In A Maze in Grace (2020), Muyanga explores the misunderstood origins of one of history’s most popular songs, Amazing Grace. Widely considered an anthem of the Civil Rights movement and of the American South, the 1772 hymn was in fact written and composed by John Newton—an English slave-trader turned preacher and later abolitionist—to celebrate his salvation. Footage of a collaborative performance by Khayelitsha-based mezzo soprano Tina Mene and Brazilian protest theater troupe Legítima Defesa is projected on the walls of the gallery space. Co-commissioned by the Liverpool Biennial and the Fundação Bienal de São Paulo, and filmed in the São Paolo Biennale pavilion designed by Oscar Niemeyer, this contemporary re-enactment is layered onto images that expose the song’s darker roots. The performers often find themselves stepping from the modernist rehearsal space into antique maps, tracing the journeys of their ancestors. Surrounded by these disparate projections, viewers—seated in the middle of the gallery—are able to experience the projections as being intertwined in the same narrative. Throughout this performance, Muyanga insists on exposing the violent beginning of Amazing Grace while simultaneously celebrating the resilience of the men and women subjected to this violence by connecting it to the history of Liverpool and São Paulo, and ultimately by embedding it into the histories of the transatlantic slave trade.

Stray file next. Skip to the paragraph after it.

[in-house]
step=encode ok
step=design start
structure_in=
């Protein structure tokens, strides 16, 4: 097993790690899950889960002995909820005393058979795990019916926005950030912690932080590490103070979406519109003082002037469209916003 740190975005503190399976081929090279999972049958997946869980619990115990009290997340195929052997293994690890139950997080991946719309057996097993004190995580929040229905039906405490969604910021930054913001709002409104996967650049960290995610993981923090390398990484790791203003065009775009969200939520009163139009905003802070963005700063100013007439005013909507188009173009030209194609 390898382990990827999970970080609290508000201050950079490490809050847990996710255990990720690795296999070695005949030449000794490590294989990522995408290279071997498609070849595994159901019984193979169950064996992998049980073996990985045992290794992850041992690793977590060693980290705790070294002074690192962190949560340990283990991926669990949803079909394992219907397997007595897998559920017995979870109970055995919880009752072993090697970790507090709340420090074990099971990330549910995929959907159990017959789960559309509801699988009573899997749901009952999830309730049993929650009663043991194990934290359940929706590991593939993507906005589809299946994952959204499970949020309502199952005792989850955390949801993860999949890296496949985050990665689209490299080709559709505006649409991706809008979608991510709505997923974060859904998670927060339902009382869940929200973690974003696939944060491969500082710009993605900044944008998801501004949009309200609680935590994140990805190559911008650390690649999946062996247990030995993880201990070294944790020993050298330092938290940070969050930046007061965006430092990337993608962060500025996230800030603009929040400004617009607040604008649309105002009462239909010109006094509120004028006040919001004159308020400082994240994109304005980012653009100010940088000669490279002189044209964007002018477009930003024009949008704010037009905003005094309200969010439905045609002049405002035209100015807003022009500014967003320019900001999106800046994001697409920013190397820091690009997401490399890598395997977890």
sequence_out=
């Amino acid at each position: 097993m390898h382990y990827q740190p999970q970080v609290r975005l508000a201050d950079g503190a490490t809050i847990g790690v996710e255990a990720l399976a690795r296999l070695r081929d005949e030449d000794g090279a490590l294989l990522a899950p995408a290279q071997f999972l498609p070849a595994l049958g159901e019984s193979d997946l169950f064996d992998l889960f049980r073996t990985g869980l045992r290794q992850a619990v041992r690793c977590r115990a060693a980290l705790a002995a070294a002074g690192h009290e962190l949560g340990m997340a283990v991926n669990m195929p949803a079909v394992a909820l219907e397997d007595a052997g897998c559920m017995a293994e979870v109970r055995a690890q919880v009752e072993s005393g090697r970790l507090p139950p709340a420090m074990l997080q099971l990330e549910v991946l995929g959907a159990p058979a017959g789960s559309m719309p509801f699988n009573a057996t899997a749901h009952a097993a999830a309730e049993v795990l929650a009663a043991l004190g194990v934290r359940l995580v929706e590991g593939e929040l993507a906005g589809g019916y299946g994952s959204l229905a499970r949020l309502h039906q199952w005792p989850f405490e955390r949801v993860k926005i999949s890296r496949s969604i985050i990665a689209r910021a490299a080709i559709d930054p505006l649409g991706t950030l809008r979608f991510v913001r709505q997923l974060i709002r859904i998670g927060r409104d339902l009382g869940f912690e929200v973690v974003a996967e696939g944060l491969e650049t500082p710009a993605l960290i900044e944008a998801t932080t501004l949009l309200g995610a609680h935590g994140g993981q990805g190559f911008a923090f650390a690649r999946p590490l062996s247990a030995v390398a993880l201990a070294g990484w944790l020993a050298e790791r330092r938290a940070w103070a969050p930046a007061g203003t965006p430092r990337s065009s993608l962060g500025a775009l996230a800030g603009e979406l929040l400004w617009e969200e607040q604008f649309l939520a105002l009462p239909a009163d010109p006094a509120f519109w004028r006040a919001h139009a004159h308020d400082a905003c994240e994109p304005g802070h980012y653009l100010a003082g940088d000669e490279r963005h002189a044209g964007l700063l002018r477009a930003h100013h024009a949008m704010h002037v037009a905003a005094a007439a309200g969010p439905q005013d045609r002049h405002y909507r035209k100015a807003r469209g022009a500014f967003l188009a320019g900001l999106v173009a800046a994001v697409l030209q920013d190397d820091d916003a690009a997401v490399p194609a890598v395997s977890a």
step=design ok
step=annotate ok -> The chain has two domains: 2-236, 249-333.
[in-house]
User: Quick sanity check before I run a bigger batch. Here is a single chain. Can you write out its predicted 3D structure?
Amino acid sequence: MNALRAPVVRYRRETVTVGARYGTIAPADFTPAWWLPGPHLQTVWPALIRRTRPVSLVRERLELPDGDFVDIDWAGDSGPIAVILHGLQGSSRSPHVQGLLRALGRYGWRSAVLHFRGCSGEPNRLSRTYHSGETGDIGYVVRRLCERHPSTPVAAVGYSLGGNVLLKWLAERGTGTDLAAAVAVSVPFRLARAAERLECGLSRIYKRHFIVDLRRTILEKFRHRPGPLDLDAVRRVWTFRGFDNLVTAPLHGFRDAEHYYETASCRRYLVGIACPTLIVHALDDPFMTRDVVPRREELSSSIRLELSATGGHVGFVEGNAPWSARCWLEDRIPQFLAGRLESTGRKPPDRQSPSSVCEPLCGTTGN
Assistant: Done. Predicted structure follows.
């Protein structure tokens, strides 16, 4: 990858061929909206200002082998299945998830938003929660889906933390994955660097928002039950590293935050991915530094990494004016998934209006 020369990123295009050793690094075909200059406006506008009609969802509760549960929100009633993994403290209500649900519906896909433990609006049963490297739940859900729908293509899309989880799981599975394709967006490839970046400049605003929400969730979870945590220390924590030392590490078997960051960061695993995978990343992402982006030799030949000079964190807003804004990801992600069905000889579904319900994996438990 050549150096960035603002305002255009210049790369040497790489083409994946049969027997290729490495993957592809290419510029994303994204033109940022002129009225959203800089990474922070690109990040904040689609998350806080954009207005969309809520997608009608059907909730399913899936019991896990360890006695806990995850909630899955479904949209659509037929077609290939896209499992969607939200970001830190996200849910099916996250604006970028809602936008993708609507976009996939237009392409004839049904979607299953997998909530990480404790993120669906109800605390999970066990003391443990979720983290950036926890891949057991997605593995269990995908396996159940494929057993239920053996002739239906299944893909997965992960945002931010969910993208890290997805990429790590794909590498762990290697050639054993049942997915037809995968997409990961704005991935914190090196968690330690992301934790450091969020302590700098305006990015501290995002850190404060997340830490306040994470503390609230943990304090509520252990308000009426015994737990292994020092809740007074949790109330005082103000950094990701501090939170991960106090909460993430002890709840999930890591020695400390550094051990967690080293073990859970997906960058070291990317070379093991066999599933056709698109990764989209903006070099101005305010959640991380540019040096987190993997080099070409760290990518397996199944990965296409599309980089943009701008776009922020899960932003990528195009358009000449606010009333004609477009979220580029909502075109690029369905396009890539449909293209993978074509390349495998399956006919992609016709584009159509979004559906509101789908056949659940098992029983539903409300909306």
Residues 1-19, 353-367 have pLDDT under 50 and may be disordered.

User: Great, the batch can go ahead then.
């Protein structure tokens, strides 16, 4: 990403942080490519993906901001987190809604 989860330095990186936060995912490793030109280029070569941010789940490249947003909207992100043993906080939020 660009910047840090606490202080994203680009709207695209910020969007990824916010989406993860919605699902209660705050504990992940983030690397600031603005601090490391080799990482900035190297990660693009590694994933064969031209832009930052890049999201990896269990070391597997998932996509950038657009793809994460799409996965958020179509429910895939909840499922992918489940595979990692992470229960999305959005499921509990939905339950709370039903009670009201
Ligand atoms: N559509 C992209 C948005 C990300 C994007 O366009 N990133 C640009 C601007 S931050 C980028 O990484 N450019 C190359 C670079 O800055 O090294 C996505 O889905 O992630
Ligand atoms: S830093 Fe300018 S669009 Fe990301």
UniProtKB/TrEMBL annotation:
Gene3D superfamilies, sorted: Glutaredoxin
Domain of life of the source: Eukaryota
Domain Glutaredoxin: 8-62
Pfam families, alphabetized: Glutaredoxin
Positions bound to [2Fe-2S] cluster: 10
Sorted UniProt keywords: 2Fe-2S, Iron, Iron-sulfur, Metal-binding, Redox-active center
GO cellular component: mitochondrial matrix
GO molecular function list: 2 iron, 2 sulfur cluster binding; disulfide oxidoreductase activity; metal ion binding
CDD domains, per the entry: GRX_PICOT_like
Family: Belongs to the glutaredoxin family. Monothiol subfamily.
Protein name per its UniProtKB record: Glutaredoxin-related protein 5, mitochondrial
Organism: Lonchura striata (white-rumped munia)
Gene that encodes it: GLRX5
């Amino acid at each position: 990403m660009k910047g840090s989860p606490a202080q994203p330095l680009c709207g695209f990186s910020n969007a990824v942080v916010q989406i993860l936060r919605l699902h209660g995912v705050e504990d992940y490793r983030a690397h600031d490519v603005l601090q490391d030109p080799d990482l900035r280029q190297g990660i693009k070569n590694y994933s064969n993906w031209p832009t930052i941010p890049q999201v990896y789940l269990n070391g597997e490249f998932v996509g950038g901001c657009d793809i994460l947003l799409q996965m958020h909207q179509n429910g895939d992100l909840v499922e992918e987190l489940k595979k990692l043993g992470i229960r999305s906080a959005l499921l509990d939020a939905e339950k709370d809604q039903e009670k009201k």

Both House of MAKEdbA and A Maze in Grace are accompanied by a 12-inch vinyl record, a further tribute to the forgotten histories revealed in the original artworks. Each of the album covers showcases a frame from an animated sequence—MAKEdbA in Exile and A Grace Project, respectively—by Muyanga. In the former, the singer’s eyes (previously highlighted in the video installation) and mouth are scratched, or whited out—a commentary, perhaps, on the violence of exile. And yet Makeba continued to reach audiences across the continent and the world for decades.